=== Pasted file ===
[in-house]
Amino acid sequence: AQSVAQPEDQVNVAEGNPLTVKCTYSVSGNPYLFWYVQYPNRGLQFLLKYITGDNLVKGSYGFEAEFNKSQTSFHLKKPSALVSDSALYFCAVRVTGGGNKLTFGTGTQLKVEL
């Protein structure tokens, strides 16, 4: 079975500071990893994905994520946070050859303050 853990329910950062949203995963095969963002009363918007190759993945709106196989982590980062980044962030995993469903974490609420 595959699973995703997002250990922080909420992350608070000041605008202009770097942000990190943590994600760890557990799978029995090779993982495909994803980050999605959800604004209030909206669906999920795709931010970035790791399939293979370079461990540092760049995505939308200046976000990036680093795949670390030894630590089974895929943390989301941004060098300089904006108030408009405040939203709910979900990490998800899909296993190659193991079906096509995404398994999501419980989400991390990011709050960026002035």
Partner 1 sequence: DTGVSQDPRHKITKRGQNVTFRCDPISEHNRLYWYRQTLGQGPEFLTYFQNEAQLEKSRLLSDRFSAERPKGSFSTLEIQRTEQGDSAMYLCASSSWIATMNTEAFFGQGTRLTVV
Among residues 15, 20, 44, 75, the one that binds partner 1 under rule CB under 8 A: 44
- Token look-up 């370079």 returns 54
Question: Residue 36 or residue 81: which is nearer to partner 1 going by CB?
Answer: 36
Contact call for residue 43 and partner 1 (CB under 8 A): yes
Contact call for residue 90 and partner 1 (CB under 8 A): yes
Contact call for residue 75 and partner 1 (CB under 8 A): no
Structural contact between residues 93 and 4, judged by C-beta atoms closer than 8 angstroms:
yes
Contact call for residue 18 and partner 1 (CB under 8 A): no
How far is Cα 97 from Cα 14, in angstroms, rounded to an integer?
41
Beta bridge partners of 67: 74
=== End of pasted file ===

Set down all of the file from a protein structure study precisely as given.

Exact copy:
[in-house]
Amino acid sequence: AQSVAQPEDQVNVAEGNPLTVKCTYSVSGNPYLFWYVQYPNRGLQFLLKYITGDNLVKGSYGFEAEFNKSQTSFHLKKPSALVSDSALYFCAVRVTGGGNKLTFGTGTQLKVEL
């Protein structure tokens, strides 16, 4: 079975500071990893994905994520946070050859303050 853990329910950062949203995963095969963002009363918007190759993945709106196989982590980062980044962030995993469903974490609420 595959699973995703997002250990922080909420992350608070000041605008202009770097942000990190943590994600760890557990799978029995090779993982495909994803980050999605959800604004209030909206669906999920795709931010970035790791399939293979370079461990540092760049995505939308200046976000990036680093795949670390030894630590089974895929943390989301941004060098300089904006108030408009405040939203709910979900990490998800899909296993190659193991079906096509995404398994999501419980989400991390990011709050960026002035």
Partner 1 sequence: DTGVSQDPRHKITKRGQNVTFRCDPISEHNRLYWYRQTLGQGPEFLTYFQNEAQLEKSRLLSDRFSAERPKGSFSTLEIQRTEQGDSAMYLCASSSWIATMNTEAFFGQGTRLTVV
Among residues 15, 20, 44, 75, the one that binds partner 1 under rule CB under 8 A: 44
- Token look-up 């370079």 returns 54
Question: Residue 36 or residue 81: which is nearer to partner 1 going by CB?
Answer: 36
Contact call for residue 43 and partner 1 (CB under 8 A): yes
Contact call for residue 90 and partner 1 (CB under 8 A): yes
Contact call for residue 75 and partner 1 (CB under 8 A): no
Structural contact between residues 93 and 4, judged by C-beta atoms closer than 8 angstroms:
yes
Contact call for residue 18 and partner 1 (CB under 8 A): no
How far is Cα 97 from Cα 14, in angstroms, rounded to an integer?
41
Beta bridge partners of 67: 74